The tunability of physical properties by application of an external electric field has created great excitation, mainly related to the development of new field effect transistors (FETs). The use of the field-effect approach to materials other than semiconductors brings many interesting opportunities in basic science and for the design of new electronic devices.
This recent line of research is very appealing for electronic structure methods based in first principles, because a quantum mechanical description at the atomic level is required to understand the physical processes involved. The problem of a periodic crystal in a finite macroscopic electric field is a challenge from a fundamental point of view.
The difficulties come from the unbounded nature of the quantum-mechanical position operator, and the fact that in a macroscopic field the electronic wave-functions are no longer of the Bloch form because the potential is "non-periodic". Only recently have these fundamental problems been understood, and a few "abinitio" implementations of the algorithms required for studying electric fields in materials are now available for studying relatively simple systems (few atoms). This is enough for basic research, but not for the application of these methods to realistic nano-devices.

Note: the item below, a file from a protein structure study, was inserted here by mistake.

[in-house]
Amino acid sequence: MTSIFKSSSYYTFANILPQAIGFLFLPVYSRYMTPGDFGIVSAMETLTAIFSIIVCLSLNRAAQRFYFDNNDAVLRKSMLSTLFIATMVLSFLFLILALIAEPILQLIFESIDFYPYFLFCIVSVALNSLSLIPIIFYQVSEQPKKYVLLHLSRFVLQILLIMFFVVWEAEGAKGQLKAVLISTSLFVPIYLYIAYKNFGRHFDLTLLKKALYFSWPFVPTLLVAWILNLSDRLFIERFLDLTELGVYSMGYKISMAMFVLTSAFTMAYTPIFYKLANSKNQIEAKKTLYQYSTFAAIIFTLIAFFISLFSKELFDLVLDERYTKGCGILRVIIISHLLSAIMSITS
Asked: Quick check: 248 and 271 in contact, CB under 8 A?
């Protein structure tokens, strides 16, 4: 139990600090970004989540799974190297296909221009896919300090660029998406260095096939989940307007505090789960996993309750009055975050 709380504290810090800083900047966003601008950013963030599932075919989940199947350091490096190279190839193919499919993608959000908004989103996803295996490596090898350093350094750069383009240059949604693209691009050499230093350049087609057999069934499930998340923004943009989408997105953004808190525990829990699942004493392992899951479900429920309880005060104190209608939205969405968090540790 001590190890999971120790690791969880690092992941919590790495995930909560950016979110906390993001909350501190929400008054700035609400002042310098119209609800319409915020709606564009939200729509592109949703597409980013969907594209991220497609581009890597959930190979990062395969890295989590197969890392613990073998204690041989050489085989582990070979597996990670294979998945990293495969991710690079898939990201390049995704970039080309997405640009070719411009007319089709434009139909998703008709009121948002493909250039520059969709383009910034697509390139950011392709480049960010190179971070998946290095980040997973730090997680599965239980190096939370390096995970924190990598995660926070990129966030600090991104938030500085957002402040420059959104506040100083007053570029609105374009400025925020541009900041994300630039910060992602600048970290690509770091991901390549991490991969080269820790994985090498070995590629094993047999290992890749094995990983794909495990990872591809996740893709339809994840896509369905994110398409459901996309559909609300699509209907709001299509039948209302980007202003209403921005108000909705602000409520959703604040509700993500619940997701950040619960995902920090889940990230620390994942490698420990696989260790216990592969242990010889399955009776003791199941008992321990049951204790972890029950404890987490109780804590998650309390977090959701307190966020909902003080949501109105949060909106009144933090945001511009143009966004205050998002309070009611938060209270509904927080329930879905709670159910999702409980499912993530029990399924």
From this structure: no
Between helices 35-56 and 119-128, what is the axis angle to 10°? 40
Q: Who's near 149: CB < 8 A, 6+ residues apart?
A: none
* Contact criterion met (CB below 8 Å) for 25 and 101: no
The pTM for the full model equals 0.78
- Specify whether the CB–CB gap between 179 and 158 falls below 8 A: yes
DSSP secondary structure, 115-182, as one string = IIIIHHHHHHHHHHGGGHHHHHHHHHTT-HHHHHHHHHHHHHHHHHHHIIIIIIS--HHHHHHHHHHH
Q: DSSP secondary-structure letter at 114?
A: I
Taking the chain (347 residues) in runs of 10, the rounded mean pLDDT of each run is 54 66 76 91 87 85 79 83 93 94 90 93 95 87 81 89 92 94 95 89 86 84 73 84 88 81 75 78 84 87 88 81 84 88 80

Computer simulations of materials are a powerful scientific tool in physics, material science, surface science, chemistry, biology, or earth sciences. Nanotechnology will require simulations of systems with hundreds of atoms under the effect of electric fields. This research project proposes the implementation of tools to perform these calculations.
Our main interest is the use of these tools for the study of the new electronic devices whose physical properties can be tuned by electric fields. The dielectric properties of SrTiO3/BaTiO3 superlattices, the electro-optical properties of semiconductor nanostructures and the electromechanical properties of nanotubes will be investigated.
Call for proposal
See other projects for this call